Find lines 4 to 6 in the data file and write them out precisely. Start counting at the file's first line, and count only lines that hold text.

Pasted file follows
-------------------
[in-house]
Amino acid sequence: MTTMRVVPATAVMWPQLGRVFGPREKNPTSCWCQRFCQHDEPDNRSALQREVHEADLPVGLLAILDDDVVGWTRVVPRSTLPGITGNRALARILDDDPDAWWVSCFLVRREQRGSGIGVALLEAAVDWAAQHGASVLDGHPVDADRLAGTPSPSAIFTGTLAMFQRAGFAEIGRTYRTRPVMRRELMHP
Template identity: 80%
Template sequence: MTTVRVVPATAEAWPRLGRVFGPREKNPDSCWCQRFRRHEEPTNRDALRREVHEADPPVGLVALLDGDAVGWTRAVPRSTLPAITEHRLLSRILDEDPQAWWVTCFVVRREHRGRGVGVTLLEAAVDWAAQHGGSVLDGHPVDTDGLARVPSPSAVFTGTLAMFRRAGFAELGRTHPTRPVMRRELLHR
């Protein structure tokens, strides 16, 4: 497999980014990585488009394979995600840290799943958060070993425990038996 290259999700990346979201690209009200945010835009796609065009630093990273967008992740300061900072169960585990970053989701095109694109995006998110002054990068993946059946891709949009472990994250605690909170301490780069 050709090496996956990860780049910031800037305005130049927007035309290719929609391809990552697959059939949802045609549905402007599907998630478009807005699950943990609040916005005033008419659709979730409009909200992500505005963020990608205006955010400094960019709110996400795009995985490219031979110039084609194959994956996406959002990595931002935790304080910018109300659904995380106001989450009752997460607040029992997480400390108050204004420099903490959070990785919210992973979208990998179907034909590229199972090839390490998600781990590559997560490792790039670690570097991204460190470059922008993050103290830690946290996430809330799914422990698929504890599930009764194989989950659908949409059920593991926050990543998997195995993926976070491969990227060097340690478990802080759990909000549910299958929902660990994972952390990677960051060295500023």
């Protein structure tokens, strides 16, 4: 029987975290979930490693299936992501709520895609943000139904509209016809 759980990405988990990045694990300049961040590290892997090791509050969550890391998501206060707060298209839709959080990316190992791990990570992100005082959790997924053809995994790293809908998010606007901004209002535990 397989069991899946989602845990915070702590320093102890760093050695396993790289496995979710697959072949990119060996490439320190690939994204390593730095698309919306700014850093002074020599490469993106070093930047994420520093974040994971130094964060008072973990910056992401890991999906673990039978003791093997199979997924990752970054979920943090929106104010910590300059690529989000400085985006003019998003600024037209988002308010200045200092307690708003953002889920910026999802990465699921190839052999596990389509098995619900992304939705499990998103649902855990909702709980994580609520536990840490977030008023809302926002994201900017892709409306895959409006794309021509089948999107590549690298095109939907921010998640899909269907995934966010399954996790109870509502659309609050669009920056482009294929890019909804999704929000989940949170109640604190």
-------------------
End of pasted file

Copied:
Template sequence: MTTVRVVPATAEAWPRLGRVFGPREKNPDSCWCQRFRRHEEPTNRDALRREVHEADPPVGLVALLDGDAVGWTRAVPRSTLPAITEHRLLSRILDEDPQAWWVTCFVVRREHRGRGVGVTLLEAAVDWAAQHGGSVLDGHPVDTDGLARVPSPSAVFTGTLAMFRRAGFAELGRTHPTRPVMRRELLHR
């Protein structure tokens, strides 16, 4: 497999980014990585488009394979995600840290799943958060070993425990038996 290259999700990346979201690209009200945010835009796609065009630093990273967008992740300061900072169960585990970053989701095109694109995006998110002054990068993946059946891709949009472990994250605690909170301490780069 050709090496996956990860780049910031800037305005130049927007035309290719929609391809990552697959059939949802045609549905402007599907998630478009807005699950943990609040916005005033008419659709979730409009909200992500505005963020990608205006955010400094960019709110996400795009995985490219031979110039084609194959994956996406959002990595931002935790304080910018109300659904995380106001989450009752997460607040029992997480400390108050204004420099903490959070990785919210992973979208990998179907034909590229199972090839390490998600781990590559997560490792790039670690570097991204460190470059922008993050103290830690946290996430809330799914422990698929504890599930009764194989989950659908949409059920593991926050990543998997195995993926976070491969990227060097340690478990802080759990909000549910299958929902660990994972952390990677960051060295500023």
């Protein structure tokens, strides 16, 4: 029987975290979930490693299936992501709520895609943000139904509209016809 759980990405988990990045694990300049961040590290892997090791509050969550890391998501206060707060298209839709959080990316190992791990990570992100005082959790997924053809995994790293809908998010606007901004209002535990 397989069991899946989602845990915070702590320093102890760093050695396993790289496995979710697959072949990119060996490439320190690939994204390593730095698309919306700014850093002074020599490469993106070093930047994420520093974040994971130094964060008072973990910056992401890991999906673990039978003791093997199979997924990752970054979920943090929106104010910590300059690529989000400085985006003019998003600024037209988002308010200045200092307690708003953002889920910026999802990465699921190839052999596990389509098995619900992304939705499990998103649902855990909702709980994580609520536990840490977030008023809302926002994201900017892709409306895959409006794309021509089948999107590549690298095109939907921010998640899909269907995934966010399954996790109870509502659309609050669009920056482009294929890019909804999704929000989940949170109640604190």